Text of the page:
Albemarle Logo
File #: 22-324    Version: 1 Name:
Type: Report Status: Consent Agenda (no vote)
File created: 5/23/2022 In control: Board of Supervisors
On agenda: 6/15/2022 Final action:
Title: Climate Vulnerability Assessment Reports
Attachments: 1. Att.A - Albemarle County Climate Vulnerability and Risk Assessment
Date Ver.Action ByActionResultAction DetailsMeeting DetailsVideo
No records to display.

AGENDA DATE:  6/15/2022




Climate Vulnerability Assessment Reports



SUBJECT/PROPOSAL/REQUEST:   Receive the recently completed Climate Vulnerability and Risk Assessment and companion overview, which will support the upcoming climate resilience planning process


ITEM TYPE:  Consent Information Item


STAFF CONTACT(S):  Richardson, Henry, Stewart, Harper, Dayley


PRESENTER (S):  Gabe Dayley


LEGAL REVIEW:   Not Required


REVIEWED BY: Jeffrey B. Richardson


BACKGROUND:  Albemarle County’s Climate Action Plan, adopted by the Board of Supervisors on October 7, 2020, commits the County to developing a Climate Adaptation and Resilience Plan. The County’s Climate Action Plan focuses on mitigation-strategies to reduce the severity of global climate change. In contrast, a Climate Adaptation and Resilience Plan will guide the community in preparing for the local impacts of climate change, some of which we are already experiencing. To build local resilience to climate change, it is first necessary to assess how climate change will affect us here in Albemarle County. The Climate Vulnerability and Risk Assessment represents this first step in preparing our community for climate change.

The Assessment was prepared by the Sobis consulting firm with contributions from Albemarle County staff and in partnership with the Piedmont Environmental Council and Resilient Virginia. It was supported through a generous grant from the DN Batten Foundation.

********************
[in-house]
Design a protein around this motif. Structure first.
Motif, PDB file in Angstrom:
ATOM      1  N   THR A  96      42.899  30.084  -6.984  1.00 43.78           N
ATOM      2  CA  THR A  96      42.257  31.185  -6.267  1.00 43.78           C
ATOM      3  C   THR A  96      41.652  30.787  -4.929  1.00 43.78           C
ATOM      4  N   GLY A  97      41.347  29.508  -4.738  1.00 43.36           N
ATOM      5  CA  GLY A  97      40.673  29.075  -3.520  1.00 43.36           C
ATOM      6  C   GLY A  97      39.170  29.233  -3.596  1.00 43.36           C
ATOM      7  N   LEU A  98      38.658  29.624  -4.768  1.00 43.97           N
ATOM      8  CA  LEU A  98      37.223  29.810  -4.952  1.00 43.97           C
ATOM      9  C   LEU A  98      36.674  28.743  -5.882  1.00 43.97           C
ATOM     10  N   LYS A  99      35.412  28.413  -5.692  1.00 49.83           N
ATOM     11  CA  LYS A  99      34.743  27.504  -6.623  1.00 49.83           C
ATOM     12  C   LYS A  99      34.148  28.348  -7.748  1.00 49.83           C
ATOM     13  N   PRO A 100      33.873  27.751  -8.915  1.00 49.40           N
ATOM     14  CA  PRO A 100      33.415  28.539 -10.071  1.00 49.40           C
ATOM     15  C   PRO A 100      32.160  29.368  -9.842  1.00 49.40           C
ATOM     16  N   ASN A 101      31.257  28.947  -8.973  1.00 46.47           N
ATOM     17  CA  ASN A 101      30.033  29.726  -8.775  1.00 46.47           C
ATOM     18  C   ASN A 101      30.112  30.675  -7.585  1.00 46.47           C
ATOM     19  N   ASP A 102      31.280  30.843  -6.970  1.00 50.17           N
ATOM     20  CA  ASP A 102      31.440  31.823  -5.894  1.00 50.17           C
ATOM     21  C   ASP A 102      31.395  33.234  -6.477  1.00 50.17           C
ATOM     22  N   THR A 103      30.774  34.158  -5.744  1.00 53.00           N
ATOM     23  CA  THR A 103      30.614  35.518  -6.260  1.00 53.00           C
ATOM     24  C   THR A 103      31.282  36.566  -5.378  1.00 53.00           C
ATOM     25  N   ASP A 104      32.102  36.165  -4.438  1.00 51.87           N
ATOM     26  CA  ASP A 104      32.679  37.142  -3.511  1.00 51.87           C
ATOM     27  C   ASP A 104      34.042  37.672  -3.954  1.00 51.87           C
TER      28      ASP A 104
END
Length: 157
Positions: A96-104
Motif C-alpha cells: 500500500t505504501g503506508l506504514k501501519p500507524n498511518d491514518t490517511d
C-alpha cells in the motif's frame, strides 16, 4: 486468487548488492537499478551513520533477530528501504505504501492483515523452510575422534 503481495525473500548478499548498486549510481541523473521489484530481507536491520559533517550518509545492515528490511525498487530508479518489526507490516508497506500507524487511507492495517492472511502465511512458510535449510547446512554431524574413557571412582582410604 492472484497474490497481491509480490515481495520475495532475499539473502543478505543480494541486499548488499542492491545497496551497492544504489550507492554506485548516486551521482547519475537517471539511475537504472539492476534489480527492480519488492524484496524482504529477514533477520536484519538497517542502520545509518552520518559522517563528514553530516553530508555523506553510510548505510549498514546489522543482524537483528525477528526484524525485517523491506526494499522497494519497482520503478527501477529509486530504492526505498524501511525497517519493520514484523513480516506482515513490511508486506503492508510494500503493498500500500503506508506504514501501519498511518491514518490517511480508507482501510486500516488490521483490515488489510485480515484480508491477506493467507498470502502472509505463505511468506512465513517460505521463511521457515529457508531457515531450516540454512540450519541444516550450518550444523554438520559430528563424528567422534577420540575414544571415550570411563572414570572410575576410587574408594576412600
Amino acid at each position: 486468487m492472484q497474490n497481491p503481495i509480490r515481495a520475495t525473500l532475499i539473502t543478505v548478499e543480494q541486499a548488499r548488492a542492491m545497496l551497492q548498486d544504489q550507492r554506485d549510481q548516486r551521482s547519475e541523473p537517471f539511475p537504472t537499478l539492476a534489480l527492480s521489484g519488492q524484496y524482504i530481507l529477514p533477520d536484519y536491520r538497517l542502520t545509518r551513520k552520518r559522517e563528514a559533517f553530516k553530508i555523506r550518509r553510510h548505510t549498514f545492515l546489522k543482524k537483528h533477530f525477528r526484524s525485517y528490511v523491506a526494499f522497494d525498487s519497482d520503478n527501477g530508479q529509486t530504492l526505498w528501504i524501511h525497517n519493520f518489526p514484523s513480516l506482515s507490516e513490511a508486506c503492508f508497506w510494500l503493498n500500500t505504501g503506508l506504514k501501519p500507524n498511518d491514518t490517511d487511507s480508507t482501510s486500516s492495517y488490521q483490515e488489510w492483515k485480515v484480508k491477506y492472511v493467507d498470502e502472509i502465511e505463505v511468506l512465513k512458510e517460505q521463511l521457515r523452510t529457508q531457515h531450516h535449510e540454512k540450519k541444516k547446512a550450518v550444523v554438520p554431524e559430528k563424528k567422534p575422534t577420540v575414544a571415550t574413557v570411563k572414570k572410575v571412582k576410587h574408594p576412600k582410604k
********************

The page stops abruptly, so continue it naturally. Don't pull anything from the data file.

STRATEGIC PLAN: Mission - To enhance the well-being and quality of life for all community members through the provision of the of the highest level of public service consistent with the prudent use of public funds.


DISCUSSION:  The Climate Vulnerability and Risk Assessment (Attachment A) analyzes five areas of information related to how climate change will affect us in Albemarle County. Specifically, the report addresses:

1) major changes to temperature and precipitation by 2050 and 2075 that will drive acute shifts in weather patterns and specific hazards;
2) the primary hazards
that our community is most likely to face on those time horizons, including extreme heat, drought, wildfire, flooding, pests and disease, and disruptions to seasonal weather patterns;
3) the groups and areas of our community that will be most exposed to these hazards, which may vary by hazard (e.g., a drought will affect the whole county, whereas a flash flood might affect a specific area);
4) social, economic, ecological, and infrastructural conditions that may make some community members, businesses, and habitats more vulnerable to these hazards; and
5) the harmful impacts that are likely to occur when a hazardous event takes place.

The Assessment
found that the county will experience more temperature and precipitation extremes in the coming decades, which will lead to adverse social, economic, ecological, and infrastructural impacts. The report quantifies impacts for the years 2050 and 2075 and under two future climate change scenarios-low emissions and high emissions-based on research by the Intergovernmental Panel on Climate Change (IPCC).

The following are a sample of the report’s major forecasted impacts for Albemarle County for the year 2050 under the
high emission scenario:

- Albemarle County will experience triple the number of days with temperatures above 95°F and five to nine times as many days with evening temperatures greater than 75°F, which can exacerbate heat illness. 
- Approximately 37,000 additional people will be exposed to heat island effect, and rates of heat illness will double.
- The probability of a major drought occurring will increase sixfold, and average annual agricultural losses due to drought will increase more than two-and-a-half times.
- The number of days when more than two inches of rain falls is expected to double.
- We will experience an additional month per year of mosquito activity, increasing the prevalence of vector-borne illness.

These projected impacts illuminate the urgency and importance of climate adaptation and resilience planning. Understanding the information in the Climate Vulnerability and Risk Assessment will enable staff to facilitate a more equitable and inclusive planning process, and ultimately to create a plan with more effective adaptation and resilience strategies.

BUDGET IMPACT: There is no budget impact associated with receipt of this report.




Staff recommends that the Board of Supervisors receives and reads the Albemarle County Climate Vulnerability and Risk Assessment and companion overview, Preparing for Resilience: An Overview of the Albemarle County Climate Vulnerability and Risk Assessment (published separately).



A - Albemarle County Climate Vulnerability and Risk Assessment